Over the years we’ve talked a lot about working with…
Intro by Skip Cohen
If I were to just share this archived post from Mary Marantz most of you would think I was nuts. It doesn’t have a single thing to do with photography, let alone building a business. On the other hand, it has EVERYTHING to do with your business, especially your blog.
Mary Marantz wrote this years ago as a post and I can’t think of a better way to make a point about blog content. So many of you are trapped in what I call rip-tide marketing. You only run images of your clients on your blog, showing shoot after shoot of weddings, families, babies, kids, pets or engagement sessions. And, now you can’t get out of the loop because if you ran one couple last week, the couple you’re working with this week will be hurt they weren’t featured on your blog!
I’ve written this a lot – your website is about what you sell, but your blog is about what’s in your heart. What I love about Mary’s post is her sharing a bit of who she is – her personality is in the spotlight along with her relationship with Justin. She’s using their blog to show a little classic humor and a tiny piece of her personality.
So, as you struggle for content ideas, start thinking about sharing a few private moments in your life. Remember, for most of you, your target audience is “Mom.” So share things Mom can relate to. Don’t be afraid to talk about some of your dreams, awkward moments, frustrations or challenges.
Branch out into topics that are helpful. Share information about upcoming community events, picture-taking tips, what to wear for a family portrait etc. And, to break out of the rip-tide challenge show fewer images. When you do share an image from a sitting, use it to make a point about the pose, lighting or composition.
Remember, when Mom decides to hire you, she’s not going to care what you shoot with or what awards you’ve won. She’s interested in knowing if she can trust you to capture the kinds of images she wants of her family. One of the best ways to do that is share content she can relate to.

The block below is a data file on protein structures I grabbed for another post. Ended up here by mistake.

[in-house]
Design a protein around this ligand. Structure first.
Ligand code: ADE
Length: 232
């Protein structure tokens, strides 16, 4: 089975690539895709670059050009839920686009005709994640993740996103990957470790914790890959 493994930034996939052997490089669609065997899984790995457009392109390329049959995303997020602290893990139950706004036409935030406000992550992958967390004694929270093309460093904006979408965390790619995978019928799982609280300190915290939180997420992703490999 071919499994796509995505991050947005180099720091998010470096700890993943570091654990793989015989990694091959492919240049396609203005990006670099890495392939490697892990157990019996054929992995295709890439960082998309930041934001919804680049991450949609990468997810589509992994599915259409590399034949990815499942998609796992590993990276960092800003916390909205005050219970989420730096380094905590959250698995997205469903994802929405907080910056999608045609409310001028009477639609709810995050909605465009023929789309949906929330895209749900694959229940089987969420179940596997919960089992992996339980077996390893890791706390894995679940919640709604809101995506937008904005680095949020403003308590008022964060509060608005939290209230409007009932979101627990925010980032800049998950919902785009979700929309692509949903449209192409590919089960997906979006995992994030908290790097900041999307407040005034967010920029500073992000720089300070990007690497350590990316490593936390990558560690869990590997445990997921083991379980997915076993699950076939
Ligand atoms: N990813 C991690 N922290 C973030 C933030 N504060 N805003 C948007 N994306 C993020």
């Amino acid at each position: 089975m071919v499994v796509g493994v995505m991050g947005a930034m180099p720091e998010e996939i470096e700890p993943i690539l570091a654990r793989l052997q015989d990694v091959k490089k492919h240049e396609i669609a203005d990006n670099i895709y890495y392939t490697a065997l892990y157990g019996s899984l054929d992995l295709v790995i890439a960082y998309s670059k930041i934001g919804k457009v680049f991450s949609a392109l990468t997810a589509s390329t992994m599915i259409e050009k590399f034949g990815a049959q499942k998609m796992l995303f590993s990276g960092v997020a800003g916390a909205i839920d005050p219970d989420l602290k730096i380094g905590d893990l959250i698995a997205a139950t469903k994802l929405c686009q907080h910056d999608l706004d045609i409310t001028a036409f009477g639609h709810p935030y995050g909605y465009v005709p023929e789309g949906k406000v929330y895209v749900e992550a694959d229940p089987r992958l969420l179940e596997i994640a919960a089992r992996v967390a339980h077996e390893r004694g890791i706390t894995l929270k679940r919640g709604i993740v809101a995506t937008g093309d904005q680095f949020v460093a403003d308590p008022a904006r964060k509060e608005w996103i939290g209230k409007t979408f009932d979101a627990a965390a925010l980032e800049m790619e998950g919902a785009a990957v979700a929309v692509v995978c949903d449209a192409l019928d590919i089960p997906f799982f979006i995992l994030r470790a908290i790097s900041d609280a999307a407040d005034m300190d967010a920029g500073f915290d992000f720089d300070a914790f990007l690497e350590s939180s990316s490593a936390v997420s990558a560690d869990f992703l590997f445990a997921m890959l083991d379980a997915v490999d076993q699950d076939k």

The door closes behind him, as I prepare to take center stage. For the next twenty minutes, while he runs to the store, our living room is no longer a living room but a packed venue filled with thousands of screaming fans.
My screaming fans.
I stand in the imaginary spotlight clutching my hairbrush microphone, as I wait for the music to begin. After what seems like an eternity, iTunes finally launches and syncs wirelessly to the speakers across the room. And the twangy chords of a banjo in a country song float happily through the air.
I belt out the lyrics and I rock out the chorus. I hold the high notes longer than Miss Carrie Underwood herself.
I dance, I shimmy, and I work that crowd like nobody’s business.
I point, I high five, I jam with the bass player, Jim.
For one shining moment, I. AM. A. STAR. All the world’s a stage and I alone hold the hairbrush microphone. I can already see my debut album skyrocketing to the top of the charts, and I make a mental note to start practicing my autograph. But just then iTunes quits unexpectedly, and reality sets in with a thud at the scary sound of my own voice without the benefit of a volume turned wayyyy up.
The packed arena quickly fades into nothing as the roar of ten thousand fans becomes merely a whisper, and once again the all too familiar sight of our own couch & chair comes back into focus. Truth is, I couldn’t carry a tune in a bucket even if I had TWELVE buckets. Twelve buckets AND a wheelbarrow… ya know like one of those industrial strength ones from Home Depot.
Never have, never will. But that sure doesn’t stop me from dreaming. And as I turn back to see my husband, who was standing there in the doorway all along, he just smiles and says “Sing it again, darlin’.”
That’s when I know… I’ve already got all the fans I’ll ever need.